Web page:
Learn more about Hereditary Breast, Ovarian, Pancreatic and Prostate Cancer

In all women with ovarian cancer, up to 15% of the patients will have a germline BRCA1/2 mutation9 and up to 7% of the patients will have a somatic BRCA1/2 mutation.10

Treatment for Ovarian Cancer


Surgery is the main treatment option for most ovarian cancer cases. Operations will be carried out by specialists called gynaecologic oncologists.

Debulking surgery is the procedure to remove as much tumour as possible from the body. The more thorough the surgery is, the higher chance the patient will be able to do well.8,9

If your cancer is in the advanced stage, your doctor may recommend chemotherapy followed by surgery to remove as much of the cancer as possible. This procedure is called interval debulking.11


Chemotherapy is a drug treatment that uses chemicals to kill fast-growing cells in the body, including the small portion of remaining cancer cells from the surgery, or those cancer cells that have spread to other parts of the body. Chemotherapy drugs can be injected into a blood vein or taken by mouth. It will enter the bloodstream and reach almost all parts of the body.12,13

Targeted therapy

Targeted therapy uses medications that specifically target the certain defects or mutations which are present in the cancer cells. Your doctor may test your cancer cells (for instance: BRCA test — read more from Testing for BRCA) to determine which targeted therapy is most likely to have an effect on your cancer. Targeted therapies are often designed as a maintenance treatment after the completion of chemotherapy. Due to its ability to selectively kill cancer cells, it usually has less side effects compared to chemotherapy.12

Supportive (palliative) care

Palliative care is specialized medical care that supports and complements the cancer treatment like the relief from pain and other symptoms of a serious illness. It helps people with cancer feel better and live longer.12

  1. Everhobbes. “What Is Ovarian Cancer?” Accessed May 6, 2020.
  2. “What Is Ovarian Cancer: Ovarian Tumors and Cysts.” Accessed May 6, 2020.
  3. “Ovarian Cancer Stages: Staging for Ovarian Cancer.” American Cancer Society. Accessed May 6, 2020.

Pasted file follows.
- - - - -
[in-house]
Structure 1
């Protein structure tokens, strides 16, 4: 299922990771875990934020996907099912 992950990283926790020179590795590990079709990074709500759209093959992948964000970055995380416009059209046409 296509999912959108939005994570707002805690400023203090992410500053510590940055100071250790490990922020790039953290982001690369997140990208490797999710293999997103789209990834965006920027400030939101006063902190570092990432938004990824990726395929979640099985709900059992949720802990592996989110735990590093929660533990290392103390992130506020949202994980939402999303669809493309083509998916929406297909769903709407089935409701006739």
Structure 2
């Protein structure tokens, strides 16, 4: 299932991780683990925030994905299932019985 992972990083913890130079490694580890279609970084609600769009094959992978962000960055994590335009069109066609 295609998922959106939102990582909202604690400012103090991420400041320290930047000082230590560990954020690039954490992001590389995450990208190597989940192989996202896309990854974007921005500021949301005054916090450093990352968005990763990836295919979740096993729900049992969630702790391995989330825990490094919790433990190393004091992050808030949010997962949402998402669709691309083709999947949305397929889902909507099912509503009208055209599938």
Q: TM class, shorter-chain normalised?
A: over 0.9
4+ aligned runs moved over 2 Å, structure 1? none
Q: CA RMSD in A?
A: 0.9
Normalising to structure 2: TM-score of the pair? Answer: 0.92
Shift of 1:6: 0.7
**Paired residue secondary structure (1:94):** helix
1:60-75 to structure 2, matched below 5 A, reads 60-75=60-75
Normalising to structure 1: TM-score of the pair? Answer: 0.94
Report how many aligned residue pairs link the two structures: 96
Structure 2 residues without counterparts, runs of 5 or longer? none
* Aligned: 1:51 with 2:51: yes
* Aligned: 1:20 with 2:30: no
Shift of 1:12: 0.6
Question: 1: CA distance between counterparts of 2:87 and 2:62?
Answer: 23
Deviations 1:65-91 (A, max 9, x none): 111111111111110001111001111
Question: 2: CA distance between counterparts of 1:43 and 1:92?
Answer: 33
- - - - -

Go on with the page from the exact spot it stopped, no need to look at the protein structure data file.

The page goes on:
4. Prat, Jaime. “Staging Classification for Cancer of the Ovary, Fallopian Tube, and Peritoneum.” International Journal of Gynecology & Obstetrics 124, no. 1 (2013): 1–5.
  5. 5. Goff, Barbara A., Lynn S. Mandel, Charles W. Drescher, Nicole Urban, Shirley Gough, Kristi M. Schurman, Joshua Patras, Barry S. Mahony, and M. Robyn Andersen. “Development of an Ovarian Cancer Symptom Index.” Cancer 109, no. 2 (2007): 221–27.
  6. Morgan M, Boyd J, Drapkin R, Seiden MV. Ch 89 – Cancers Arising in the Ovary. In: Abeloff MD, Armitage JO, Lichter AS, Niederhuber JE, Kastan MB, McKenna WG, eds. Clinical Oncology. 5th ed. Philadelphia, PA: Elsevier; 2014: 1592.
  7. “Ovarian Cancer Risk Factors.” American Cancer Society. Accessed May 6, 2020.
  8. “Ovarian Cancer Surgery: Debulking Surgery: Omentum Removal.” American Cancer Society. Accessed May 6, 2020.
  9. Burgess, Melissa, and Shannon Puhalla. “BRCA 1/2-Mutation Related and Sporadic Breast and Ovarian Cancers: More Alike than Different.” Frontiers in Oncology 4 (2014).
  10. Pennington, Kathryn P., and Elizabeth M. Swisher. “Hereditary Ovarian Cancer: Beyond the Usual Suspects.” Gynecologic Oncology 124, no. 2 (2012): 347–53.
  11. Schorge, John O., Christopher McCann, and Marcela G. Del Carmen. “Surgical debulking of ovarian cancer: what difference does it make?.” Reviews in obstetrics and gynecology 3, no. 3 (2010): 111.
  12. “Ovarian Cancer.” Mayo Clinic. Mayo Foundation for Medical Education and Research, July 25, 2019.
  13. “Chemotherapy for Ovarian Cancer: Intraperitoneal Chemotherapy.” American Cancer Society. Accessed May 6, 2020.